Advertisement

Osteointegration in Compliant Self-Adjusting Compression Fixation Shown by Backscatter Electron Microscopy: A Case Report

  • Alexander B. ChristEmail author
  • Elexis Baral
  • Timothy M. Wright
  • John H. Healey
Case Report

Abstract

Compliant self-adjusting compression implants are a novel approach to increase the durability of megaprosthesis fixation. However, there is no report of current implant designs that documents the bone-prosthetic interface of this implant. A well-fixed compliant, self-adjusting distal femoral replacement was retrieved from a patient undergoing revision unrelated to fixation. The prosthesis-bone interface was preserved, embedded in poly(methyl methacrylate), and sectioned into 2–4-mm slices. Slices were then imaged using backscatter electron microscopy, and ongrowth and ingrowth were quantified using imaging software. The average percentage of bony ongrowth from five successive sections was 52.5%, and the average percentage of ingrowth into the porous titanium surface was 13.5%. We found that bone ongrowth on the cortex between anchor plug and spindle averages more than 50% and up to 70% depending upon the slice examined with backscatter electron microscopy. Bone ingrowth was consistently around 13% on every slice examined. This is a new finding compared with prior spindle designs, likely due to the addition of hydroxyapatite-coated porous metal titanium surface on the spindle. This report is an important step in understanding the mechanism of bony fixation generated by this implant and supports its increased use in oncological and complex reconstructive situations.

Keywords

megaprosthesis osteointegration compliant self-adjusting compression fixation retrieval analysis backscatter electron microscopy 

Notes

Compliance with Ethical Standards

Conflict of Interest

Alexander B. Christ, MD, and Elexis Baral, BS, declare that they have no conflicts of interest. Timothy M. Wright, PhD, reports research support from Stryker, stock options from Orthobond, intellectual property royalties from Mathys Ltd. and from Exactech, and intellectual property royalties and research support from Lima Corporate, as well as board membership in the Knee Society, outside the submitted work. John H. Healey, MD, reports being a paid consultant to Daiichi Sanyo and Stryker, outside the submitted work.

Human/Animal Rights

All procedures followed were in accordance with the ethical standards of the responsible committee on human experimentation (institutional and national) and with the Helsinki Declaration of 1975, as revised in 2013.

Informed Consent

Informed consent was waived from the patient for being included in this study.

Required Author Forms:

Disclosure forms provided by the authors are available with the online version of this article.

References

  1. 1.
    Abrams GD, Gajendran VK, Mohler DG, Avedian RS. Surgical technique: methods for removing a Compress compliant prestress implant. Clin Orthop Related Res. 2012;470(4):1204–1212.  https://doi.org/10.1007/s11999-011-2128-z CrossRefGoogle Scholar
  2. 2.
    Bini SA, Johnston JO, Martin DL. Compliant prestress fixation in tumor prostheses: interface retrieval data. Orthopedics. 2000;23(7):702–707.Google Scholar
  3. 3.
    Bruns J, Delling G, Gruber H, Lohmann CH, Habermann CR. Cementless fixation of megaprostheses using a conical fluted stem in the treatment of bone tumours. J Bone Joint Surg Br. 2007;89(8), 1084–1087.  https://doi.org/10.1302/0301-620X.89B8.19236 CrossRefGoogle Scholar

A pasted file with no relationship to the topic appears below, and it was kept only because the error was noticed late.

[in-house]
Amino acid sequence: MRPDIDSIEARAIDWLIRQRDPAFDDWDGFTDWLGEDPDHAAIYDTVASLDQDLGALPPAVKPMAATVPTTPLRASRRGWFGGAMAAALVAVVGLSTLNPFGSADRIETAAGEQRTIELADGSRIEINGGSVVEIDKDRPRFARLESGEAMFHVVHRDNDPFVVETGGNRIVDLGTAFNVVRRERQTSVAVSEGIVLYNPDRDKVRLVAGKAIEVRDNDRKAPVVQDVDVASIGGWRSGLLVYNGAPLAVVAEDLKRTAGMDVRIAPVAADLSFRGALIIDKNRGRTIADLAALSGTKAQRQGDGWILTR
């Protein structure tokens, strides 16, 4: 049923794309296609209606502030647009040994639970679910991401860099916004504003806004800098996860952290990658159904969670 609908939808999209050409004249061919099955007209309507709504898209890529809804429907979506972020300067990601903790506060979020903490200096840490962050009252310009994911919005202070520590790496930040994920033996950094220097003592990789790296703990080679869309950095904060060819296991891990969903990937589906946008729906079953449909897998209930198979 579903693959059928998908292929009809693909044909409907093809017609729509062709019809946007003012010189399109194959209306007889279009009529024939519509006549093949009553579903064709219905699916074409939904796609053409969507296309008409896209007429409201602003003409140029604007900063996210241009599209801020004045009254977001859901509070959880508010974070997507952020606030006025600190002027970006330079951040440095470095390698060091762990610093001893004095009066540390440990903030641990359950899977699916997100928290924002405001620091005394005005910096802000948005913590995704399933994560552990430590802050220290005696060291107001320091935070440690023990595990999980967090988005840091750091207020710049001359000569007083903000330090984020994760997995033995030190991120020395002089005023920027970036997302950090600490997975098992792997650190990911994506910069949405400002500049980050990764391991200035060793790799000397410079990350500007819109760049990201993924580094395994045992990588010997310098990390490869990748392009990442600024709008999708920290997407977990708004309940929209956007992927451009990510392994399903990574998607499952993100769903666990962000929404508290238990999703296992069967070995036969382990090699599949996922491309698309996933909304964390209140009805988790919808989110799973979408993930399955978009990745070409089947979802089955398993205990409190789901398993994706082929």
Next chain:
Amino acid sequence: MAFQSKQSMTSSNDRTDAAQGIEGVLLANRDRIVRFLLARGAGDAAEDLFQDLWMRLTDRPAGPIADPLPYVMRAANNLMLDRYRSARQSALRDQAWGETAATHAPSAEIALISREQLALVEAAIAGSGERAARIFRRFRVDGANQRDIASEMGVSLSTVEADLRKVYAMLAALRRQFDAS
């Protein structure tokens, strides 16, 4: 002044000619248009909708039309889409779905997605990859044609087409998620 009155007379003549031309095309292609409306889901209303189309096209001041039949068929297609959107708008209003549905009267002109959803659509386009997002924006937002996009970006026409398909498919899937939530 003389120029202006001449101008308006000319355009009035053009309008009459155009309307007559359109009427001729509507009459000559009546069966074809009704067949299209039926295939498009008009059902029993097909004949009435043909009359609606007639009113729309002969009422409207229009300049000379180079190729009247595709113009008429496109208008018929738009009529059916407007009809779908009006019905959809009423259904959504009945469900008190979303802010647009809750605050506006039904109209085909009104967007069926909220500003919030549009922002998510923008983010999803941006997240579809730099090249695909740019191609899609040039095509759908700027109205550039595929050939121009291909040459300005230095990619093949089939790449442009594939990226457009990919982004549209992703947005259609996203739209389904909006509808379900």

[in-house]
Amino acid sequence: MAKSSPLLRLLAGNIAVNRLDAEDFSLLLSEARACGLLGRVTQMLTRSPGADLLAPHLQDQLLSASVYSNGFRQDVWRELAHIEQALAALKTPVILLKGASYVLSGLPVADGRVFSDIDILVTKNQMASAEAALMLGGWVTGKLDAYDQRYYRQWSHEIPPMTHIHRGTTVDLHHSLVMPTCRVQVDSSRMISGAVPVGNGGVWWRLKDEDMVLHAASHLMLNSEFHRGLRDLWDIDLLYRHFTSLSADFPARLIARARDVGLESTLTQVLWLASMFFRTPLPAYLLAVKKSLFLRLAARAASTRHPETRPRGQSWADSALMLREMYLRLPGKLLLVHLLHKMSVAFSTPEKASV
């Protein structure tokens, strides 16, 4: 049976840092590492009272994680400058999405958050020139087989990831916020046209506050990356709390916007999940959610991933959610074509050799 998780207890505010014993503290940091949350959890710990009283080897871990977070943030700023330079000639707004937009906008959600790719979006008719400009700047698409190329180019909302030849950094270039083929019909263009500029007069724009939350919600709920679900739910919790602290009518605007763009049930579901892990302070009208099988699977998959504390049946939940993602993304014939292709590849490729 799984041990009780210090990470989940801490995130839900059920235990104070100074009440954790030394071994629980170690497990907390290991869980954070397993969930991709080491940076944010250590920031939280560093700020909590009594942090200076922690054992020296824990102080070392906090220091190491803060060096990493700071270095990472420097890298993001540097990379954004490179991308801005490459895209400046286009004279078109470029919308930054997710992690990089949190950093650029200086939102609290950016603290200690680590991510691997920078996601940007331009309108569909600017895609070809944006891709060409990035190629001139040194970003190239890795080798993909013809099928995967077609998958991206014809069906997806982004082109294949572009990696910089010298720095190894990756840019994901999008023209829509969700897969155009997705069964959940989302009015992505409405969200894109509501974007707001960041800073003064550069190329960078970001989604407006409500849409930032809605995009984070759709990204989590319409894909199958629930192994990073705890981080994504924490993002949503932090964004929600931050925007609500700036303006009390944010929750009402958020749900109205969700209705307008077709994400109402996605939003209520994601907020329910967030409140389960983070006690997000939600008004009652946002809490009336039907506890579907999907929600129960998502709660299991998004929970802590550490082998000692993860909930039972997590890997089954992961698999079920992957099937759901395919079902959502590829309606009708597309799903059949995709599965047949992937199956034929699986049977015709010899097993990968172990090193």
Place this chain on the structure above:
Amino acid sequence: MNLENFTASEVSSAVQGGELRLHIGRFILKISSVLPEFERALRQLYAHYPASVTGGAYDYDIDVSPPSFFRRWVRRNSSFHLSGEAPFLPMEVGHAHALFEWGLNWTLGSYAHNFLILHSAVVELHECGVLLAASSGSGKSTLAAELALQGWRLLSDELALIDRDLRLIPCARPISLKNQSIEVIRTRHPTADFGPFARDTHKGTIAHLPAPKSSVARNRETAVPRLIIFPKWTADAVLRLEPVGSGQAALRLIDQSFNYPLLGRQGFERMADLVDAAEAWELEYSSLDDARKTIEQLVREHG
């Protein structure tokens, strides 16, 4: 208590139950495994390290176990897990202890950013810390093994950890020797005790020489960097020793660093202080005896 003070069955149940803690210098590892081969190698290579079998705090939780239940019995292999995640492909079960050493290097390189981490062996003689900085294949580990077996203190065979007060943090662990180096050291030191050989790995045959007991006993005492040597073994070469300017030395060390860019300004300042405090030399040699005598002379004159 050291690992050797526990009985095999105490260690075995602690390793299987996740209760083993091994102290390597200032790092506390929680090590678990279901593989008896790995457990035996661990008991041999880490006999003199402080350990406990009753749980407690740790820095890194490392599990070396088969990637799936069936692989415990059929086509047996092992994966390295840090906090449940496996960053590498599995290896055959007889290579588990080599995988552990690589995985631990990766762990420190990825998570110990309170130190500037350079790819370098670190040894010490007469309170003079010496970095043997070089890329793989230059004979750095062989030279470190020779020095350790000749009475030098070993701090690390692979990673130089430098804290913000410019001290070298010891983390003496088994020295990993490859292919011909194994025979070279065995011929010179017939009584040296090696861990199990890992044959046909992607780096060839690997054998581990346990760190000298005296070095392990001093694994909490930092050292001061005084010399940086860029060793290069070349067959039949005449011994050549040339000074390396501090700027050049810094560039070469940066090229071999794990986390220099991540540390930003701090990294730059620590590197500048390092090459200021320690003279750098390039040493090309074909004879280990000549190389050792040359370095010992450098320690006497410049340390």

4. 4.
    Capanna R, Scoccianti G, Frenos F, Vilardi A, Beltrami G, Campanacci DA. What was the survival of megaprostheses in lower limb reconstructions after tumor resections? Clin Orthop Related Res. 2014;473(3):820–830.  https://doi.org/10.1007/s11999-014-3736-1 CrossRefGoogle Scholar
  5. 5.
    Ferguson PC, Zdero R, Schemitsch EH, Deheshi BM, Bell RS, Wunder JS. A biomechanical evaluation of press-fit stem constructs for tumor endoprosthetic reconstruction of the distal femur. J Arthroplasty. 2011;26(8):1373–1379.  https://doi.org/10.1016/j.arth.2010.12.005 CrossRefGoogle Scholar
  6. 6.
    Healey JH, Morris CD, Athanasian EA, Boland PJ. Compress knee arthroplasty has 80% 10-year survivorship and novel forms of bone failure. Clin Orthop Related Res. 2013;471(3):774–783.  https://doi.org/10.1007/s11999-012-2635-6 CrossRefGoogle Scholar
  7. 7.
    Pala E, Trovarelli G, Calabrò T, Angelini A, Abati CN, Ruggieri P. Survival of modern knee tumor megaprostheses: failures, functional results, and a comparative statistical analysis. Clin Orthop Related Res. 2015;473(3):891–899.  https://doi.org/10.1007/s11999-014-3699-2 CrossRefGoogle Scholar
  8. 8.
    Palumbo BT, Henderson ER, Groundland JS, et al. Advances in segmental endoprosthetic reconstruction for extremity tumors: a review of contemporary designs and techniques. Cancer Control. 2011;18(3):160–170.CrossRefGoogle Scholar
  9. 9.
    Zimel MN, Farfalli GL, Zindman AM, et al. Revision distal femoral arthroplasty with the Compress prosthesis has a low rate of mechanical failure at 10 years. Clin Orthop Related Res. 2016;474(2):528–536.  https://doi.org/10.1007/s11999-015-4552-y CrossRefGoogle Scholar
  10. 10.
    Avedian RS, Goldsby RE, Kramer MJ, O’Donnell RJ. Effect of chemotherapy on initial compressive osseointegration of tumor endoprostheses. Clin Orthop Relat Res. 2007;459:48–53.CrossRefGoogle Scholar

Copyright information

© Hospital for Special Surgery 2019

Authors and Affiliations

  1. 1.Division of Adult Reconstruction and Joint ReplacementHospital for Special SurgeryNew YorkUSA
  2. 2.Memorial Sloan-Kettering Cancer CenterNew YorkUSA
  3. 3.Department of BiomechanicsHospital for Special SurgeryNew YorkUSA

Personalised recommendations